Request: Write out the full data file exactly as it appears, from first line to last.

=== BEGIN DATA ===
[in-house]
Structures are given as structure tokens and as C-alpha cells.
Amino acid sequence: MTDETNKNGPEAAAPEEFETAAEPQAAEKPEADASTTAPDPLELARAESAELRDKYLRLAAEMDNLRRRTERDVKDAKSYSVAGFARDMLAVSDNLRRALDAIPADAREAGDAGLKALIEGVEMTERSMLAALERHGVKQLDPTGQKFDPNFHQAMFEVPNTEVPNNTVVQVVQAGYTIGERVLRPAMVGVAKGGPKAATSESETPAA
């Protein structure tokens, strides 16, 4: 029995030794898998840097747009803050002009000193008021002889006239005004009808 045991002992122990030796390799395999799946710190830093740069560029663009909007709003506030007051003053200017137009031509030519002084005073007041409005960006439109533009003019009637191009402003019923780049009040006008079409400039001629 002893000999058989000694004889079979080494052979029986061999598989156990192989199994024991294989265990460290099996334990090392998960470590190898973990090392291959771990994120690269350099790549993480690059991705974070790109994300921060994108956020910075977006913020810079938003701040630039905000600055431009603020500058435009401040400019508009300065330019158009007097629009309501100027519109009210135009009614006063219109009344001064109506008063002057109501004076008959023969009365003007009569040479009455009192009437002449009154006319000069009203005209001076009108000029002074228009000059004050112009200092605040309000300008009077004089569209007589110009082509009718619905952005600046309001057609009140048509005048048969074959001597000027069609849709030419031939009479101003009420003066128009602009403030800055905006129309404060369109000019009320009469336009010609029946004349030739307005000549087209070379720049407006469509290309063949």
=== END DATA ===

[in-house]
Structures are given as structure tokens and as C-alpha cells.
Amino acid sequence: MTDETNKNGPEAAAPEEFETAAEPQAAEKPEADASTTAPDPLELARAESAELRDKYLRLAAEMDNLRRRTERDVKDAKSYSVAGFARDMLAVSDNLRRALDAIPADAREAGDAGLKALIEGVEMTERSMLAALERHGVKQLDPTGQKFDPNFHQAMFEVPNTEVPNNTVVQVVQAGYTIGERVLRPAMVGVAKGGPKAATSESETPAA
């Protein structure tokens, strides 16, 4: 029995030794898998840097747009803050002009000193008021002889006239005004009808 045991002992122990030796390799395999799946710190830093740069560029663009909007709003506030007051003053200017137009031509030519002084005073007041409005960006439109533009003019009637191009402003019923780049009040006008079409400039001629 002893000999058989000694004889079979080494052979029986061999598989156990192989199994024991294989265990460290099996334990090392998960470590190898973990090392291959771990994120690269350099790549993480690059991705974070790109994300921060994108956020910075977006913020810079938003701040630039905000600055431009603020500058435009401040400019508009300065330019158009007097629009309501100027519109009210135009009614006063219109009344001064109506008063002057109501004076008959023969009365003007009569040479009455009192009437002449009154006319000069009203005209001076009108000029002074228009000059004050112009200092605040309000300008009077004089569209007589110009082509009718619905952005600046309001057609009140048509005048048969074959001597000027069609849709030419031939009479101003009420003066128009602009403030800055905006129309404060369109000019009320009469336009010609029946004349030739307005000549087209070379720049407006469509290309063949």